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The past year has been an extraordinary one for investors. Astonishingly, while the global economy was basically falling off a cliff 12 months ago – amid the coronavirus pandemic – central banks and other policymakers were surprisingly vigilant.

To the rescue, of both economies and markets, came lifeboats full of stimulus. The lifeboats were humongous: an aggregate of more than $20 trillion (20 000 000 000 000) of monetary and fiscal stimulus supported the recovery out of the great covid-19 recession (GCR) in 2020. What appears to be the deepest recession in post-war history, the GCR seems to end up also being one of the shortest ones. An exogenous shock-type of recession, the corona crisis has been devastating when it comes to human losses and other social problems.

Figure: stocks fastest drop everSource: CNBC

Although economic losses are still being repaired, the cost for financial markets has been surprisingly moderate. The stock market crash was quick and severe and lasted only for one month and two days! Fast forward to today, equity markets are making new all-time highs again. Liquidity measured by money supply is growing at a quick pace. Indeed, central banks are still buying loads of assets, mainly bonds, and are probably years away from raising their close to zero (or even negative) policy rates.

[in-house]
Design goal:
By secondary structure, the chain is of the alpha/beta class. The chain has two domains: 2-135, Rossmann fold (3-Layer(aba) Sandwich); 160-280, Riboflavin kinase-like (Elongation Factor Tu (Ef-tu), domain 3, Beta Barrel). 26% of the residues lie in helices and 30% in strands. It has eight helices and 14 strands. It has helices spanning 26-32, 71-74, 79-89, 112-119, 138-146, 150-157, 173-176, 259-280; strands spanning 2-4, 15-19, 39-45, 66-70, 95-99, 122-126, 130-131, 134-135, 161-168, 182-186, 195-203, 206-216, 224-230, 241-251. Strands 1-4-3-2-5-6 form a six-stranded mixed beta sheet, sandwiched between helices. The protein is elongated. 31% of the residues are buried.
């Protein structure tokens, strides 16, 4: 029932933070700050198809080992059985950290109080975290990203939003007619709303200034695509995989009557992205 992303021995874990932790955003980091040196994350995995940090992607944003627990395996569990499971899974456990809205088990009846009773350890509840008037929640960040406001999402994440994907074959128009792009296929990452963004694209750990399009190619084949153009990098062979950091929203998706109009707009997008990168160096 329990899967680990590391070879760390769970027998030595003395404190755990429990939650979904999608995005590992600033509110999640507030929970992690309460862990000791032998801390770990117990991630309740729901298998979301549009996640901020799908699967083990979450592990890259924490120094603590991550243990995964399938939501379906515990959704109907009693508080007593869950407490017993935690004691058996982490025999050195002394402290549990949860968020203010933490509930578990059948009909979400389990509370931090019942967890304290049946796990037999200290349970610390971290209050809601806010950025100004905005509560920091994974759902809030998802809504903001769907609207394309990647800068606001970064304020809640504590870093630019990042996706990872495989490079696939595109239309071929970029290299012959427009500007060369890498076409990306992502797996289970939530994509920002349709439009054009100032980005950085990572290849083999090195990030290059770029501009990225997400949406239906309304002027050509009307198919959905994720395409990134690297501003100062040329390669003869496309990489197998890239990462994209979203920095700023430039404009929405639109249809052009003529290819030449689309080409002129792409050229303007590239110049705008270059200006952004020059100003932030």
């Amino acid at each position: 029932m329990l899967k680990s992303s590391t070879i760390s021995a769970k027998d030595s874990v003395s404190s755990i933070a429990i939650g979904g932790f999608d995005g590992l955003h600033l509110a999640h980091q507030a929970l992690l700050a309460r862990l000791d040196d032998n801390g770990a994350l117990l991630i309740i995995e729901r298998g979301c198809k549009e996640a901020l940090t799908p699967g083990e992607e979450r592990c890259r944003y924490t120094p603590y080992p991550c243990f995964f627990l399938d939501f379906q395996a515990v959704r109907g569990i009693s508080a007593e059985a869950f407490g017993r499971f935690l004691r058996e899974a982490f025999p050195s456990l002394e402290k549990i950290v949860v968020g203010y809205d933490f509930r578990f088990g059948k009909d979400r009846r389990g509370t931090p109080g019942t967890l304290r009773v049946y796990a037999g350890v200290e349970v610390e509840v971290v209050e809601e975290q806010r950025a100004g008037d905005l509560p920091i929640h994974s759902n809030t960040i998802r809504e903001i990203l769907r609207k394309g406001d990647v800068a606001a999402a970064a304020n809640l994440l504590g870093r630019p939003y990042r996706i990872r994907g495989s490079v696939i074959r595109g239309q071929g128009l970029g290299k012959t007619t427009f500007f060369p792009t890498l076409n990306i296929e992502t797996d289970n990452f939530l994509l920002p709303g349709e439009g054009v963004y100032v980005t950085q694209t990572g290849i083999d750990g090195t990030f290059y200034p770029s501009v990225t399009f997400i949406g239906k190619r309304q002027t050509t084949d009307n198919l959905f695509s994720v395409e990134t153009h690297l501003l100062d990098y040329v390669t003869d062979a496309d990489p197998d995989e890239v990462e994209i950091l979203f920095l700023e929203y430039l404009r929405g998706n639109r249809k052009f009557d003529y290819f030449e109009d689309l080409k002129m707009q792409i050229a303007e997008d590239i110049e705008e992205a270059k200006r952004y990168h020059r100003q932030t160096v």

The great reflation

Indeed, there are good reasons to make a valid case for a continued rise in equity markets in 2021. The reflationary environment of 2021 will help drive risky asset prices higher.

First, the global business cycle is moving into an expansionary phase this year, after spending most of the time in a recovery since April last year. Naturally, we need to see a reopening of economies in the early spring as the virus wave further recedes.

Second, many countries around the world are still planning to add more fiscal stimulus. For instance, the US administration is planning a close to $2 trillion fiscal plan in early 2021. Also, the EU is releasing its €750 billion recovery fund this year.

Third, equities still offer a decent risk premium. That is, even though the absolute valuations are getting precious, the relative ones are still attractive.

Rotation, rotation, rotation

The regime change in financial markets may put forward several rotations. At times of change, market themes that worked over the previous years will start to crack – while new themes will take over the market leadership. Higher bond yields could be become one of the most exciting regime changes for a while. For example, in equity markets, there are interesting rotations now occurring that will get further support from the rise in bond yields.

Furthermore, investors will also continue to move away from expensive fixed income assets, such as government bonds. Instead, equities and higher carry bonds like high yield will keep on benefiting from this bullish rotation. Also, alternative asset classes such as private equity and infrastructure will continue to see positive money flows.

As central banks are still set to hold the short-term interest rates low for years, the long-term bond yields could rise much more than markets expect. It is always dangerous to tout such a major macro theme, with the hindsight of the several times over the past years when many investors (including us) thought that now was the major bottom in bond yields. But the case for higher yields could not be any stronger than now. Historically, when such a massive liquidity boost has occurred as over the past year, it has almost always raised price pressures. Yes, inflation could be the biggest macro risk over the next cycle. Especially in the US. And it would likely spill over to other countries as well.

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